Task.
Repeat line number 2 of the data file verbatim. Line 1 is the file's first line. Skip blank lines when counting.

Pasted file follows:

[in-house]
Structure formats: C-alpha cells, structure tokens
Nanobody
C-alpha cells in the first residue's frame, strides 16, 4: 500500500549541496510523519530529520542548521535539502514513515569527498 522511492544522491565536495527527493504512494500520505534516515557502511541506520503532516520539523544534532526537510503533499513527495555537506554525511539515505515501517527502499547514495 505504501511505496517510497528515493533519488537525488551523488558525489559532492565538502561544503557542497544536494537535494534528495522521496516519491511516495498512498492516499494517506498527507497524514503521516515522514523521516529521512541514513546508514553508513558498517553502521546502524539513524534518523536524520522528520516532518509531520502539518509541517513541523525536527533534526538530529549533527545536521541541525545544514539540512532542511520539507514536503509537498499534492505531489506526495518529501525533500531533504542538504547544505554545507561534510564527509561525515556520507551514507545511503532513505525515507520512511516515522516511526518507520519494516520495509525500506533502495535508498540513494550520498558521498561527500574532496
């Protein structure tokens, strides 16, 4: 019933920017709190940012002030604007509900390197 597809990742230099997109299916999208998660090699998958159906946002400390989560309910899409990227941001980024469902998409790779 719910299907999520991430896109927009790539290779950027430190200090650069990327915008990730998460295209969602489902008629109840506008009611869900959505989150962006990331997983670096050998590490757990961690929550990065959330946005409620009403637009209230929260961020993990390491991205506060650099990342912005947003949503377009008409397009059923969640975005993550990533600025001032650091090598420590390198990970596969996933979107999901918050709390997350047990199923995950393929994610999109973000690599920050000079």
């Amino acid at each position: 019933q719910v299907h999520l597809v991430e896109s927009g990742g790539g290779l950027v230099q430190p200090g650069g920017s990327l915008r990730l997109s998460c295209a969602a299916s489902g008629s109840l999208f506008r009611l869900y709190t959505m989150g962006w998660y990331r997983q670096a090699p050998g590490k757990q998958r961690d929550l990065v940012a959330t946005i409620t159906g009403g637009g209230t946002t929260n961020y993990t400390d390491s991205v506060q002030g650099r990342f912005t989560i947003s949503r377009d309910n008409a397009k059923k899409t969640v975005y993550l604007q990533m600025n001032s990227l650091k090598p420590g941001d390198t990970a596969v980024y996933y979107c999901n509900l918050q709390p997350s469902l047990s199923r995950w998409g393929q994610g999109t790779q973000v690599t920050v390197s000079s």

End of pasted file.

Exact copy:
Structure formats: C-alpha cells, structure tokens